If you’re the parent of a teen, you should be aware of the “Blue Whale Challenge.”
Described as an online suicide game, it encourages participants to complete a series of tasks that range from the seemingly harmless, such as watching horror films and not speaking to anyone all day, to the very dangerous, such as cutting your lip and carving pictures and words into your skin.
The last “challenge” is for participants to end their own lives. Reportedly, the deadly game originated in Russia, where it’s been linked to 130 teen deaths.
Parents say that teens communicate with game administrators called “curators” or “whales” through social media platforms such as Facebook, Instagram and Snapchat to prove they have completed the tasks and get their instructions for the next challenge.
A Texas family says their 15-year-old son, Isaiah Gonzalez, committed suicide because of the game. After finding their son dead from an apparent hanging with a cell phone propped up to document his death, the Gonzalez family says they found pictures of the tasks the boy had sent to his friends.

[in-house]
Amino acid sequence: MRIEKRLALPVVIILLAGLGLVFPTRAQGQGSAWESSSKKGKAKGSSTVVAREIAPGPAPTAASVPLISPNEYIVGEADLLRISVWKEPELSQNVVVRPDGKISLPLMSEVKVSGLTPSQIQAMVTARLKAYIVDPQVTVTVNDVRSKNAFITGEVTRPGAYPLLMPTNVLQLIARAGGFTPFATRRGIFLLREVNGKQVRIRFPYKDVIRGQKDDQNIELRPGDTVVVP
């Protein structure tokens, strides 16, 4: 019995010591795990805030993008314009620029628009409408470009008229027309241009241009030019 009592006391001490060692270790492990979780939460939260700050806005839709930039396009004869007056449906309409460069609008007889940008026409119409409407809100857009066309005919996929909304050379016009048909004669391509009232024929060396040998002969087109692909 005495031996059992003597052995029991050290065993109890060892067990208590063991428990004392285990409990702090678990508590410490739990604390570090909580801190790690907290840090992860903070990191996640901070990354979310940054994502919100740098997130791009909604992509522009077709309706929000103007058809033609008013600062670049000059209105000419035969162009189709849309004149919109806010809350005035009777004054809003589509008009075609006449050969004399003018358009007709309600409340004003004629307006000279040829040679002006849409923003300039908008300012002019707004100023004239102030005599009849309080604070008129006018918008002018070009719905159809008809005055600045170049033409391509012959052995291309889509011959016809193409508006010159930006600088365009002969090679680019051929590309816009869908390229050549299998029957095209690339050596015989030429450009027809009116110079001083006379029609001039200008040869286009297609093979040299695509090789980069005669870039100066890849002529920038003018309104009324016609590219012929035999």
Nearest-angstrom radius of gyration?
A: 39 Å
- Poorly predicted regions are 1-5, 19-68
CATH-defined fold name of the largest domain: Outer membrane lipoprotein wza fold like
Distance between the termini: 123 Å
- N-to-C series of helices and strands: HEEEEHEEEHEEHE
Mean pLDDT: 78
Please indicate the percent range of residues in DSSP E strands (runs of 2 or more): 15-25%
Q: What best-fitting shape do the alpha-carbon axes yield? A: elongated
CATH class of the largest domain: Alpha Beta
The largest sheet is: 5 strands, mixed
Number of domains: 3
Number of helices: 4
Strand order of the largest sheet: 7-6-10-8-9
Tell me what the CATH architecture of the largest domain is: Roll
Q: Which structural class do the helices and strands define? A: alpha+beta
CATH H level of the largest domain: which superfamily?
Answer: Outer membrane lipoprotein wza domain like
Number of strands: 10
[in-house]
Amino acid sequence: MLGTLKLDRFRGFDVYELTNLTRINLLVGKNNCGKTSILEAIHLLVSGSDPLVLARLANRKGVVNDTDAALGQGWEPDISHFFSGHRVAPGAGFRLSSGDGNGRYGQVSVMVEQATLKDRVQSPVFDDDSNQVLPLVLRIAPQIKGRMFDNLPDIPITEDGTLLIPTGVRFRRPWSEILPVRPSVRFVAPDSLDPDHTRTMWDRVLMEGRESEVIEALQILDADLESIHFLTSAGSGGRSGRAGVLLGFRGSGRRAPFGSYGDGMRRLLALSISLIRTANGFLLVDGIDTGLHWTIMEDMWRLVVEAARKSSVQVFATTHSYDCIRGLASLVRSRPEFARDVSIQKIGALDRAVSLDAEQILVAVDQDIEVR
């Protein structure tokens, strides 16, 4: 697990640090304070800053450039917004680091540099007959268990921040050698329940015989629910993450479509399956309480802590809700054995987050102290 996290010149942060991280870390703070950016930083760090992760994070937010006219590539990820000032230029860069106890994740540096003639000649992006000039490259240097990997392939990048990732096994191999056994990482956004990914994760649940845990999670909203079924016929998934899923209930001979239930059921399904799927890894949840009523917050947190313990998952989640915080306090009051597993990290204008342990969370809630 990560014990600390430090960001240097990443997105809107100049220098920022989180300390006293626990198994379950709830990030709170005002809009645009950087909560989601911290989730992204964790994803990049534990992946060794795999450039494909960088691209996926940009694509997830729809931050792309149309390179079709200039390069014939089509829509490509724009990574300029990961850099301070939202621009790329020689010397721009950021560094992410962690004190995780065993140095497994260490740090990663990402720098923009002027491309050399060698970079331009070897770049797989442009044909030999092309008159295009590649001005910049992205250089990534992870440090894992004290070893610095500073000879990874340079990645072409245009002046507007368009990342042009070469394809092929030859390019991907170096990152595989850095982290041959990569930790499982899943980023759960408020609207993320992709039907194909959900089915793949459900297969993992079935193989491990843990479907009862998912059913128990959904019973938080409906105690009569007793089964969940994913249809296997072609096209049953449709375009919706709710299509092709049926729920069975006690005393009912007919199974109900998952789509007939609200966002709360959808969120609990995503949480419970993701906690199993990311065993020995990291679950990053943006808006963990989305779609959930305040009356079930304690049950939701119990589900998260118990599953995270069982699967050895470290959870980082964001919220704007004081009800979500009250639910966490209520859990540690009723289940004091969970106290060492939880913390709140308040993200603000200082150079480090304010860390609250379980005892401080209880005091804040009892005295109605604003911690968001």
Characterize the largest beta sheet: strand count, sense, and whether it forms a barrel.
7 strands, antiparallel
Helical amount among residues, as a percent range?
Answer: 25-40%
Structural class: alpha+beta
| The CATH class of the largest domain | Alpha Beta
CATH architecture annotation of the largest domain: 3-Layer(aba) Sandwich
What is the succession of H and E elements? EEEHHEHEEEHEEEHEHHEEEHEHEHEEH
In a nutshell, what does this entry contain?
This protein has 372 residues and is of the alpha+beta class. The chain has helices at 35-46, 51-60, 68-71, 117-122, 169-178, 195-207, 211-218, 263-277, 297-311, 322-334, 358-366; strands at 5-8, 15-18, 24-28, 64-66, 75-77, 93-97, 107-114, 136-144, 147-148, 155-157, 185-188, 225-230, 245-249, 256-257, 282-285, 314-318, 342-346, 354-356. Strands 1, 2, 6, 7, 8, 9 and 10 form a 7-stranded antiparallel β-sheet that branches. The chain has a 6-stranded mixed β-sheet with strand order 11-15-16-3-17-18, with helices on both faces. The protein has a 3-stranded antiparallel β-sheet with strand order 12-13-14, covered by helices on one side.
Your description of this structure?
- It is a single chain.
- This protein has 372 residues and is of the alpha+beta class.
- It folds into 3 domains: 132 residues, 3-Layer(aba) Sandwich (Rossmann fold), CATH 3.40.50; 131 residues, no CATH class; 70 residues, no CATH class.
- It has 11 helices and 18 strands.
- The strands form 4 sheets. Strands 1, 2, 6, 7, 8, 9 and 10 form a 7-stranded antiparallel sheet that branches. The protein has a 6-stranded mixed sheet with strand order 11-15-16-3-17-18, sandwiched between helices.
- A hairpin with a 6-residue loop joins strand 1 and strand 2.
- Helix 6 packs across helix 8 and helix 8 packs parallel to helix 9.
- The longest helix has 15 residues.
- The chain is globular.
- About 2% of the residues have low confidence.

His family talks more about the tragedy in the video below.
“It talks about satanic stuff and stuff like that, and my son was never into that,” Isaiah’s father, Jorge, told WOAI.
“They blew it off like it was a joke. and if one of them would have said something, one of them would have called us, he would have been alive,” his sister, Scarlett Cantu-Gonzales, said.
While some are saying that the challenge does not exist and is simply an internet hoax, at least one other family in the United States is blaming their daughter’s apparent suicide on the game.
“I start researching and start reading more about the game, what it’s asking. Then I start to put some of the pieces—how during the weekend she asked me to step on the roof of the house,” the girl’s mother told WNCN. “I realized one of the pictures is from our roof, and it’s something that the game asked.”
Authorities, schools and the affected families are encouraging parents to keep a close eye on their children’s social media accounts and to watch out for any suspicious behavior. Safe Smart Social offers important tips and advice on how to ensure your child does not succumb to this deadly game.
- Ask your children about their social media usage
- Contact your children’s school to find out whether other students have been involved with the Blue Whale Challenge
- Encourage your kids to keep things private on the internet
- Monitor your child’s phone and internet activity
It can also pay to stay on top of the texting acronyms that teens commonly use. KPC for example, means “keeping parents clueless.” LMIRL? “Let’s meet in real life.”
The Blue Whale Challenge is the latest in a series of dangerous challenges that kids often find themselves encouraged to play, including the salt and ice challenge, deodorant challenge and eraser challenge—all of which have caused physical harm to kids.